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In ‘Playing on a Loop,’ video artist Maggie Stark captures life’s revolutions

What can we learn from merry-go-rounds? A new show at HallSpace in Dorchester considers the question.

Maggie Stark, "Children of the Regiment," 2022, Boston Common, video still.Maggie Stark

Like Joni Mitchell, who refers to “the carousel of time” in her 1966 classic “The Circle Game,” video artist Maggie Stark likens life’s progress to the revolutions of merry-go-rounds in the HallSpace exhibition “Playing on a Loop.”

In her video “Children of the Regiment,” fragments of the Boston Common Frog Pond Carousel pass by and split and double kaleidoscopically, suggesting that while life’s circle is full of returns, it also expands.

Maggie Stark, "Replay: Balboa Park Spin," 2021/22, Balboa Park, San Diego, Calif., video still.Maggie Stark

The installation “Replay: Balboa Park Spin” features video shot at San Diego’s century-old Balboa Park Carousel — the same video projected on adjoining walls, not quite in sync. It begins in color, the camera pointed at the sky through the merry-go-round’s turning hub and spokes. A plane flies by, and because of the perspectival phenomenon of motion parallax, seems momentarily to speed up as it passes directly overhead. It’s a picture of how we vault mindlessly through the present.

Maggie Stark, "Replay: Balboa Park Spin," 2021/22, Balboa Park, San Diego, Calif., video still.Maggie Stark

Stark cannily toggles from color to black-and-white, a contrast of lush immediacy with a nostalgic air that hints at memory’s fixed yet turning chronicle. Then she focuses on the ride, as children and adults swing by astride giraffes, ostriches, and horses. Many riders wear masks to fend off infection — making this image both now and forever.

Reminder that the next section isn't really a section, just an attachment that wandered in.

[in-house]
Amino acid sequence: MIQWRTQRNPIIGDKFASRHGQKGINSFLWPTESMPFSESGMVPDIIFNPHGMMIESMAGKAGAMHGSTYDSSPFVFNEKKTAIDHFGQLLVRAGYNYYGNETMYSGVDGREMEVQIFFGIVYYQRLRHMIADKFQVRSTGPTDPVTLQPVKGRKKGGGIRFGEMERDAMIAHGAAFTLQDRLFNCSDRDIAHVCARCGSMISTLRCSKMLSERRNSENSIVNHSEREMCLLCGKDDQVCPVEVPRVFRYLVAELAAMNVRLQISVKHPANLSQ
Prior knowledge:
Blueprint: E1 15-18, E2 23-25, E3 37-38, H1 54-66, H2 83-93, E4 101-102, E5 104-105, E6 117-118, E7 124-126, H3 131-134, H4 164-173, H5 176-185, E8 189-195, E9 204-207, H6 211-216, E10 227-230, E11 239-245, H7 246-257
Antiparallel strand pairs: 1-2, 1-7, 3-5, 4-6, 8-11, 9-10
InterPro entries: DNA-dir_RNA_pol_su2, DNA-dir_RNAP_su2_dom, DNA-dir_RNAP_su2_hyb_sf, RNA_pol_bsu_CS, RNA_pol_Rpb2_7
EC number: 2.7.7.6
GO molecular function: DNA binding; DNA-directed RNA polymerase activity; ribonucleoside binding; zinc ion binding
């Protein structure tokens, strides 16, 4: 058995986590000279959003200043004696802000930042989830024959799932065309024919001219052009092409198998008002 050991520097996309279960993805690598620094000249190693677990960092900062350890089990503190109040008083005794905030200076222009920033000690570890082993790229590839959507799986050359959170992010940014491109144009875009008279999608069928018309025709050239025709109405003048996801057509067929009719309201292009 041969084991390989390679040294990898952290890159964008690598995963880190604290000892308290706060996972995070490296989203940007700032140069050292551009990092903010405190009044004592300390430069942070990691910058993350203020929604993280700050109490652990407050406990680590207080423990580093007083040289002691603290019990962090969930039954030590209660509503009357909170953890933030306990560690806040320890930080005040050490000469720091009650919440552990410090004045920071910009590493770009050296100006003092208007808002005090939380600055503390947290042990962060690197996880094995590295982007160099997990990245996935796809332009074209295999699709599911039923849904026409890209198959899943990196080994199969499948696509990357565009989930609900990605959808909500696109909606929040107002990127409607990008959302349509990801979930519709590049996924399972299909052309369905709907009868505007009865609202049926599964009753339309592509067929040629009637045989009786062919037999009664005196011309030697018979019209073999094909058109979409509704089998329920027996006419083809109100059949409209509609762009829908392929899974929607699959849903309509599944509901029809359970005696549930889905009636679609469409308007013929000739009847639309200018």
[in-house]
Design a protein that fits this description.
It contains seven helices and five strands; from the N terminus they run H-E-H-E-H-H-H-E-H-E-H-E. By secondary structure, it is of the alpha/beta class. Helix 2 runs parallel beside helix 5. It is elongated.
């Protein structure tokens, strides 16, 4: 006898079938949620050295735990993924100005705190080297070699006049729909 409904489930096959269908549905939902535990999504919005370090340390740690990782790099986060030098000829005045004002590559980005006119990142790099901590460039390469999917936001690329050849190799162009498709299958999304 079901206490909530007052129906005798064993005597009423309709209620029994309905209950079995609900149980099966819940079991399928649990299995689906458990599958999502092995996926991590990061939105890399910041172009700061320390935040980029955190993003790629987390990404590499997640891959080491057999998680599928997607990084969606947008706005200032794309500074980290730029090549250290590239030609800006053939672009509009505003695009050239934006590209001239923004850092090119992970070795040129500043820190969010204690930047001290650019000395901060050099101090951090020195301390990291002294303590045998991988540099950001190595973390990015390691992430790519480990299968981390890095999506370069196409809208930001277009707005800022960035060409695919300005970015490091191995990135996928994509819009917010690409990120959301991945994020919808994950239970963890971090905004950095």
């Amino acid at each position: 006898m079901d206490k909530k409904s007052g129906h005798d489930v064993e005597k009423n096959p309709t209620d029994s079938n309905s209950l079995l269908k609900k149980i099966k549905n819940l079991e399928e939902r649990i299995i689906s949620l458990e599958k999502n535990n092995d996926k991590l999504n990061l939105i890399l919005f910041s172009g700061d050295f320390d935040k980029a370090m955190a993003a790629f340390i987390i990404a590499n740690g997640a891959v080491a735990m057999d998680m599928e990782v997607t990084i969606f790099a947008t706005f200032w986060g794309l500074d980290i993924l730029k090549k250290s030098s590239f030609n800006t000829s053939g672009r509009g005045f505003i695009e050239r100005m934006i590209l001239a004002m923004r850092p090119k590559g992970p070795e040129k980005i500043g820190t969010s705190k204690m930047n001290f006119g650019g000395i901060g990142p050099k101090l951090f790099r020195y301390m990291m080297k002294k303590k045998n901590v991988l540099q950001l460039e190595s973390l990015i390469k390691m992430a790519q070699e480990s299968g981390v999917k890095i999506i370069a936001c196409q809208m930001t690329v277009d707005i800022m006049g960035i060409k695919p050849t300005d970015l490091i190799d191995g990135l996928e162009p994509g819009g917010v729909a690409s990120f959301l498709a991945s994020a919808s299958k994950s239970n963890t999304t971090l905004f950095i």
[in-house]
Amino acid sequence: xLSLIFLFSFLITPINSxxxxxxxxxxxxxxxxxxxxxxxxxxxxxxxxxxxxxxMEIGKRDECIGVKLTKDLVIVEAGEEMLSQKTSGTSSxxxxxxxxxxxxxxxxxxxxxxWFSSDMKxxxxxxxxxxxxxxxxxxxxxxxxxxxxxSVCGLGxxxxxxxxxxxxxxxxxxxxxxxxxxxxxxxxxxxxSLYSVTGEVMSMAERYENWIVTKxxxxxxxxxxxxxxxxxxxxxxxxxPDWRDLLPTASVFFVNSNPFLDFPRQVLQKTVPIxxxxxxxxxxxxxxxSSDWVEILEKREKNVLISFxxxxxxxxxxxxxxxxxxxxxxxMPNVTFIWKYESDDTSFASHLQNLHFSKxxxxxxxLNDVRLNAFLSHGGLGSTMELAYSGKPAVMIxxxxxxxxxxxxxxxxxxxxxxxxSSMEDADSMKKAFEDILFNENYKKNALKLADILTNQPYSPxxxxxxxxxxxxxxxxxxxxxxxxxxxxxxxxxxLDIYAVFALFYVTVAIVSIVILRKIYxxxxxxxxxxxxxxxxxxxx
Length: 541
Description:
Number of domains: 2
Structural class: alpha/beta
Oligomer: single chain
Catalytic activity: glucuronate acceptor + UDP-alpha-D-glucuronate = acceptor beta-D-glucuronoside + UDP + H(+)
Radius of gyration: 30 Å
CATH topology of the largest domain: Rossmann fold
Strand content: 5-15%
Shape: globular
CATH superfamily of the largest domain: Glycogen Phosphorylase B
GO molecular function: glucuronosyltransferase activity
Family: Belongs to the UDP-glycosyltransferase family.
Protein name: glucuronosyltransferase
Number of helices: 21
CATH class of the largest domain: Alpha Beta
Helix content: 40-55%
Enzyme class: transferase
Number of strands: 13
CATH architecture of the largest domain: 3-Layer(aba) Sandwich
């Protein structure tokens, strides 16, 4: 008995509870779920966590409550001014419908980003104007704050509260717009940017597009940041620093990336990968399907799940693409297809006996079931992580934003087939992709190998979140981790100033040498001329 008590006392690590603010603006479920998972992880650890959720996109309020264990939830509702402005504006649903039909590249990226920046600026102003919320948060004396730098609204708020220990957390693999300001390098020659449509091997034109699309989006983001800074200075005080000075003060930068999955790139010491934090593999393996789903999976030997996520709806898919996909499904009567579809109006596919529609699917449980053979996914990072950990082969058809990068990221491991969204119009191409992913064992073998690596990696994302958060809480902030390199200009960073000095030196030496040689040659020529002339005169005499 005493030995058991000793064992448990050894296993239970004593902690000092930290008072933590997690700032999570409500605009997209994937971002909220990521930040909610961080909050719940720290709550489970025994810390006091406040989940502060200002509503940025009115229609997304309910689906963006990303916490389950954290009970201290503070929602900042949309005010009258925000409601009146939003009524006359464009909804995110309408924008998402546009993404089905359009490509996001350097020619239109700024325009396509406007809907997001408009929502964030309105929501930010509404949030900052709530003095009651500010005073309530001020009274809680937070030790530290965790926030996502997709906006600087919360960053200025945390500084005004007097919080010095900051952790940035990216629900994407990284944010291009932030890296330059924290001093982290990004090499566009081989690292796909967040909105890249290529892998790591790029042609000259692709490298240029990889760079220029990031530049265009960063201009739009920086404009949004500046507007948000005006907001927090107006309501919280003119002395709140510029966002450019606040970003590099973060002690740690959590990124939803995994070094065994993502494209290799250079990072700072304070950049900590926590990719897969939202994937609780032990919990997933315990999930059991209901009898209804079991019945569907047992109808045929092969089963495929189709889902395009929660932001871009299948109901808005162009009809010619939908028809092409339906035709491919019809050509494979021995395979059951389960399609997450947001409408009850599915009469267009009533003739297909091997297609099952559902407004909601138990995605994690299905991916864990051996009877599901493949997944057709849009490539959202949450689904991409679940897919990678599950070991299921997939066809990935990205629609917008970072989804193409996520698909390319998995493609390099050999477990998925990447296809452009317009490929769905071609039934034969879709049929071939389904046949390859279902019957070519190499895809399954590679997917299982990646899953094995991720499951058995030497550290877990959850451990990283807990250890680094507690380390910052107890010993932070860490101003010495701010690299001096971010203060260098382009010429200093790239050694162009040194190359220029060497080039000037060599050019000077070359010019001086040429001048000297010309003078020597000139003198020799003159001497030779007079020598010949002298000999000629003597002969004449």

Memory is nebulous, and so are video projections. HallSpace has weight-bearing poles in the middle of the gallery, and images skitter over them, echoing the plane’s apparent brief acceleration. Such things have to do with distance and perspective more than they have to do with time, but that seems to be, in part, Stark’s point: We can get lost in the loop, but if we change our point of view, the experience changes.

The artist pointedly refers to the end of the ride in “Windmills,” a video of a gravestone at Dorchester’s Cedar Grove Cemetery. Even here, there’s a circle game: Two spinning pinwheels decorate the grave. The artist again uses both black-and-white and color. A blue sky throws gray trees into vivid relief, and over the inscription on the grave, she places a small inset of the whole scene in color.


Maggie Star, "Windmills," 2022, Cedar Grove Cemetery, Dorchester, Mass., video still.Maggie Stark

Here, too, life doesn’t simply end. It reverberates inward, outward, and through time — if only we grow still enough to pay attention.


At HallSpace, 950 Dorchester Ave., Dorchester, through Feb. 4. 617-288-2255, www.hallspace.org

Cate McQuaid can be reached at catemcquaid@gmail.com. Follow her on Twitter @cmcq.